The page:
Race your best

Men's Fitness - - Features -

SET UP PROP­ERLY

Se­cure any spare kit to your bike – and you have checked that the valve on your spare in­ner tube fits the wheels, right? If you haven’t got ded­i­cated hold­ers, duct-tape gels and bars to the frame. Put your hel­met on the han­dle­bars on the side you’ll ar­rive at af­ter the swim, and make sure your sun­glasses are clean if you like to wear them. If you’re re­ally go­ing for it, use a front-mount­ing bot­tle for wa­ter, and pack the min­i­mum - ex­tra can af­fect your bike’s han­dling.

GET UP TO SPEED

“Leave your bike in a gear that makes it easy to get away,” says Rooke. “Do not put the chain in a low gear be­cause it will take longer to get up to race speed. Let your legs get up to speed, then switch up to a gear that al­lows you to race hard with­out blow­ing up too early – you should have prac­tised this in brick ses­sions.” Wait un­til you’ve set­tled be­fore you hy­drate, and use aid sta­tions to sit up in the sad­dle: it’ll re­cruit dif­fer­ent mus­cles, which pre­vents dis­com­fort.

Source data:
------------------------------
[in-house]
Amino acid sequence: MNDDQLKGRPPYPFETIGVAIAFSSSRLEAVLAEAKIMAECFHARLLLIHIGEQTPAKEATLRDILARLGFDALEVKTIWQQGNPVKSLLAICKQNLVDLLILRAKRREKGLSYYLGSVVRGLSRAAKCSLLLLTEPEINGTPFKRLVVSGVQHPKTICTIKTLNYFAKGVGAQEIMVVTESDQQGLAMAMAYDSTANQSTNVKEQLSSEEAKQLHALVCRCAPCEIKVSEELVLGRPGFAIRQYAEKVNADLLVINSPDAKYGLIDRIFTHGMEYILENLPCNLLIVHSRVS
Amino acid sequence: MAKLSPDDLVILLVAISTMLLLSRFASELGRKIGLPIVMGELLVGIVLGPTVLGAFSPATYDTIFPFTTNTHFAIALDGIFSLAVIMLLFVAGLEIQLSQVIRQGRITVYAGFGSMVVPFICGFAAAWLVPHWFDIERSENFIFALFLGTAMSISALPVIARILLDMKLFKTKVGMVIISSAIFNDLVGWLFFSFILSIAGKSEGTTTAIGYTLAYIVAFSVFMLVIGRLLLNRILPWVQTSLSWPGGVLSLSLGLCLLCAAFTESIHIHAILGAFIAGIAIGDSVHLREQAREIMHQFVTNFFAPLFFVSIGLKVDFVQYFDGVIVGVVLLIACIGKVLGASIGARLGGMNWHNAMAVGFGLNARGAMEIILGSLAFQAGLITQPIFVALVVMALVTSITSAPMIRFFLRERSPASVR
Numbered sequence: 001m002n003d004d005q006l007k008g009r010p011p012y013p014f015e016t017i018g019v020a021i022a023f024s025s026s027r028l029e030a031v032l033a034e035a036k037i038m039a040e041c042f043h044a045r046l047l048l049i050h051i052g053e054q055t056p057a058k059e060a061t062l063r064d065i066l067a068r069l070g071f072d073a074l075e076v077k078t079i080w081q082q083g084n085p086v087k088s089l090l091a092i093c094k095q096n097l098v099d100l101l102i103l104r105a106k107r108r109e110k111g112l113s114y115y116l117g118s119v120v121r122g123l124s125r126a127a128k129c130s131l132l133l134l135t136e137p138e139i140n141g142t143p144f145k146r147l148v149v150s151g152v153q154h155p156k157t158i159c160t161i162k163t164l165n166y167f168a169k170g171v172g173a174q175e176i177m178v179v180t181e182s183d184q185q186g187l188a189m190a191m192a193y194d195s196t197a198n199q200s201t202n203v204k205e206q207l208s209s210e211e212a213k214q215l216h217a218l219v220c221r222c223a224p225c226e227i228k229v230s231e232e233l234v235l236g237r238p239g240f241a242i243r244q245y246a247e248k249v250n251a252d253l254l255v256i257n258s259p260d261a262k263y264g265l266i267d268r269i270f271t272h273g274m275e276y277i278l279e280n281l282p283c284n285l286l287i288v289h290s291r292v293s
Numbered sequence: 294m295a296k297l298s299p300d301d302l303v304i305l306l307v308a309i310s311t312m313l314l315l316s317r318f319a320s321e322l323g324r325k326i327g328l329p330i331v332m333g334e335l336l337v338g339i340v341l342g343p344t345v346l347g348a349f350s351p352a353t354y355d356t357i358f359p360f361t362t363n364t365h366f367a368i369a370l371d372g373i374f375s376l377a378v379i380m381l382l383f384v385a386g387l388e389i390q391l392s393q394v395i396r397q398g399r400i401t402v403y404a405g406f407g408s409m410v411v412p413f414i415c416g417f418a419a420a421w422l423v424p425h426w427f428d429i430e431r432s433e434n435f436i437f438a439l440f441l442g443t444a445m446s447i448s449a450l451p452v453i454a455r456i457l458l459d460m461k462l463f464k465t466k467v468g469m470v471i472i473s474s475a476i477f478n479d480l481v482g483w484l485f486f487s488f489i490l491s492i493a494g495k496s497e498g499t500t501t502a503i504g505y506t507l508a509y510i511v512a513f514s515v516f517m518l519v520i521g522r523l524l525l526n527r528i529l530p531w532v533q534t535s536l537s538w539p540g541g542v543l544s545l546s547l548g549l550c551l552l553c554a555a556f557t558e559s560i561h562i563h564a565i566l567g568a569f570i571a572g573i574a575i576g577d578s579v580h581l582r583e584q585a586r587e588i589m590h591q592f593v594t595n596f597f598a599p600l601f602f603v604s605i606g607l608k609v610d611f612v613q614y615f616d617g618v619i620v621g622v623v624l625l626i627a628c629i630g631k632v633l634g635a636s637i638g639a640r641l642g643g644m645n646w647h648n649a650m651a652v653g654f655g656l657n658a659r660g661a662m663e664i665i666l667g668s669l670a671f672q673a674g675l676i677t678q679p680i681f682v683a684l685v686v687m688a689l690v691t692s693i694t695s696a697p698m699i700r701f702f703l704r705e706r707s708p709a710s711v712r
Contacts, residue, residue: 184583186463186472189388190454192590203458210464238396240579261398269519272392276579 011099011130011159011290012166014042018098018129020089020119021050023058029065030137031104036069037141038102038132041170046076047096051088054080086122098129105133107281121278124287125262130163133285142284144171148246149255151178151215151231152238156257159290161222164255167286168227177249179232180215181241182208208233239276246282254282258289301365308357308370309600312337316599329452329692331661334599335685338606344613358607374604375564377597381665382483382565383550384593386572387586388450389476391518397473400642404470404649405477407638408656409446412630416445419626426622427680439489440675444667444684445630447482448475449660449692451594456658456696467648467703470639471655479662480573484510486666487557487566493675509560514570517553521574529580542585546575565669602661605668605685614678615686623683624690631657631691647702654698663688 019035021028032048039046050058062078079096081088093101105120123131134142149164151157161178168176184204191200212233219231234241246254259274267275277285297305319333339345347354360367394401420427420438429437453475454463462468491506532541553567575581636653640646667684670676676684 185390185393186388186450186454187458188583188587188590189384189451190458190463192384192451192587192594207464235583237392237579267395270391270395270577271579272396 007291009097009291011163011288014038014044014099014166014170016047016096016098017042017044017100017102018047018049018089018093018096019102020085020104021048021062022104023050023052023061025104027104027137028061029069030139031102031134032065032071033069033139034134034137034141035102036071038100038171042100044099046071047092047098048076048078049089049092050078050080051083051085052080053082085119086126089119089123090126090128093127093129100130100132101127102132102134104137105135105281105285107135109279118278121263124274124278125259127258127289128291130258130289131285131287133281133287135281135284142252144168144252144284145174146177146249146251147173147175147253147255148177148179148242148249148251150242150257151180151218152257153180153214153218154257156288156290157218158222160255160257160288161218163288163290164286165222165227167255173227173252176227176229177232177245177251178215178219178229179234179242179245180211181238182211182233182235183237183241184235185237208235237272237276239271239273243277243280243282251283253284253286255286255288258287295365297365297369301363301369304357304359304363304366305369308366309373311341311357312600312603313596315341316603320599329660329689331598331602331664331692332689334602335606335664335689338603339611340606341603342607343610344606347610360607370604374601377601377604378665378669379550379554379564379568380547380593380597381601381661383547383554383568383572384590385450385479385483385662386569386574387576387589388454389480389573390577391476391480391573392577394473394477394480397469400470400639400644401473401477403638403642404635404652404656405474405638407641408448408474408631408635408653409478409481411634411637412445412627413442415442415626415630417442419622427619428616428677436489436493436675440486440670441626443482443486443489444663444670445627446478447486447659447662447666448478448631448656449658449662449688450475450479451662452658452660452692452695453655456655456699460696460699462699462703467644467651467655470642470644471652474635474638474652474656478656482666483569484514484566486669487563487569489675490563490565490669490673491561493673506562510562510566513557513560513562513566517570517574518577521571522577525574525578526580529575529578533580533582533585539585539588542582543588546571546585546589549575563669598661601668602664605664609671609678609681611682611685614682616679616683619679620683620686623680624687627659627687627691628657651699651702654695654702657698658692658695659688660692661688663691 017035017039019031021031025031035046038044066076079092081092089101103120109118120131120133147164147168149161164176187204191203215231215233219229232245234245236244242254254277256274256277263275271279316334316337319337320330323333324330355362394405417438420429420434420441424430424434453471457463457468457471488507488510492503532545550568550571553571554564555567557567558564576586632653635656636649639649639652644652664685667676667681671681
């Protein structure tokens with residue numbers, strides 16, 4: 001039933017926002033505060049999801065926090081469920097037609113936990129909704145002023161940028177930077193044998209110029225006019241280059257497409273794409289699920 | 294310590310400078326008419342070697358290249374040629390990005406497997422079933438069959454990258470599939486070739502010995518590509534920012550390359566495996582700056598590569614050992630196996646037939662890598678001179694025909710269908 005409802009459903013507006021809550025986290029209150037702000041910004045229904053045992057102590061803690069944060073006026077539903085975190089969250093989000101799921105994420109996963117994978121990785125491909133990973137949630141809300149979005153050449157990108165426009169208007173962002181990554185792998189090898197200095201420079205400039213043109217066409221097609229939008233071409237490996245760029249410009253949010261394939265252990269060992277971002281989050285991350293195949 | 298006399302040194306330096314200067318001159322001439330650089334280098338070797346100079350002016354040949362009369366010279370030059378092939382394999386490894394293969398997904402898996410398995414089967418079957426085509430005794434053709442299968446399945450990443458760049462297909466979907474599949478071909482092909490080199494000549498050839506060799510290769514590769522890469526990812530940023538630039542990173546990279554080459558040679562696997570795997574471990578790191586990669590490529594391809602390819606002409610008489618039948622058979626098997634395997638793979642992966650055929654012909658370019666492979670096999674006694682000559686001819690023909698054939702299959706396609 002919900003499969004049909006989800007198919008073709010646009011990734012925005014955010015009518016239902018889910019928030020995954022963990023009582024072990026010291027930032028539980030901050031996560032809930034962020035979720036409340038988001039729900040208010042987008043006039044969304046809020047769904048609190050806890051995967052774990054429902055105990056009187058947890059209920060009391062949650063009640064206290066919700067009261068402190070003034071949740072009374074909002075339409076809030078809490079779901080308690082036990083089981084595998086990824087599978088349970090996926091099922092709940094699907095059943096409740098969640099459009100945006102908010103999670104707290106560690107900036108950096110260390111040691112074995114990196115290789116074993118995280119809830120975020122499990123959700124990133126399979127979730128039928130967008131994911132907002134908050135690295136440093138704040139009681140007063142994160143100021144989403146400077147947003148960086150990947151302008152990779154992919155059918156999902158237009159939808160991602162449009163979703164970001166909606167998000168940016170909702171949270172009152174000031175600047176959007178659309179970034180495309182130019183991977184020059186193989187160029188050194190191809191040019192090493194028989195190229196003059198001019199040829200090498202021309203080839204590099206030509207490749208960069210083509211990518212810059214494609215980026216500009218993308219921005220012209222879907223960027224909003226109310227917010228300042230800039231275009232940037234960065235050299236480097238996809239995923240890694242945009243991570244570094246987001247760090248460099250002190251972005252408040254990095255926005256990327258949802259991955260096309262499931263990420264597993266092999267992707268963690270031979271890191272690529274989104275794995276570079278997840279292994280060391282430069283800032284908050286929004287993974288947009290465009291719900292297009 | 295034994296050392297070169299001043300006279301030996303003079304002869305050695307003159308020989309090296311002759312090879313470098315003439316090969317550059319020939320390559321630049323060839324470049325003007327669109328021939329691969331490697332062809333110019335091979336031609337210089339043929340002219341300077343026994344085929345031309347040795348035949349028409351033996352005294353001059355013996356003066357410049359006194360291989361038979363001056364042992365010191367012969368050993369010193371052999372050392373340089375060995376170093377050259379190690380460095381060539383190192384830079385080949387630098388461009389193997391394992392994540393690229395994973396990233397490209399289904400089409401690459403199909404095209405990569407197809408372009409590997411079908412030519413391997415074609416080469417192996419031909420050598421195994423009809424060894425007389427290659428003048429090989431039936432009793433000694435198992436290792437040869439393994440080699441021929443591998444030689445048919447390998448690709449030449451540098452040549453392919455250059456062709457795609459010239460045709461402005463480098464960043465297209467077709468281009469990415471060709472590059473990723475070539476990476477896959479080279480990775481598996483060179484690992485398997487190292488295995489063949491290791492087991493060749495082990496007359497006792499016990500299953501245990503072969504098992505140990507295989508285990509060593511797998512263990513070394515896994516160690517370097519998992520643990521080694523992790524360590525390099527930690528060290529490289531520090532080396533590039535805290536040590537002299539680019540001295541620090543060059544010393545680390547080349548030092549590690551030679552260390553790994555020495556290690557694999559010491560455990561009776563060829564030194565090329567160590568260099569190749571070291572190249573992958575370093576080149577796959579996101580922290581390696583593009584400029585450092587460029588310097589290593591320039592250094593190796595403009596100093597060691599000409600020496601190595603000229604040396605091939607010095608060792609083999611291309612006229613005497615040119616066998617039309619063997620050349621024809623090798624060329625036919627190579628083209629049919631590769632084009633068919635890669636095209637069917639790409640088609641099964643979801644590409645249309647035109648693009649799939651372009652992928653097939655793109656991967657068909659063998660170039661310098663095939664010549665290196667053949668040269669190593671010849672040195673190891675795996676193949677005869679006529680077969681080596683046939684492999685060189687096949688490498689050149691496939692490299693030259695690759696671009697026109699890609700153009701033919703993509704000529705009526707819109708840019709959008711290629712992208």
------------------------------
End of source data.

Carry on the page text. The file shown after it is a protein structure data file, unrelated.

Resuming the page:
SPIN IT OUT

“Just be­fore you fin­ish the bike stage, in­crease your gear­ing to make it eas­ier to spin your legs out, so when you run it feels eas­ier,” says Rooke. “This stops the legs feel­ing heav­ier af­ter push­ing hard for a length of time.” In­crease your ca­dence (pedalling rate) with 500m to go and loosen the strap on your shoes in the fi­nal 100, but don’t un­clip your hel­met un­til you’ve racked your bike. Take a few deep breaths as you hit the run.

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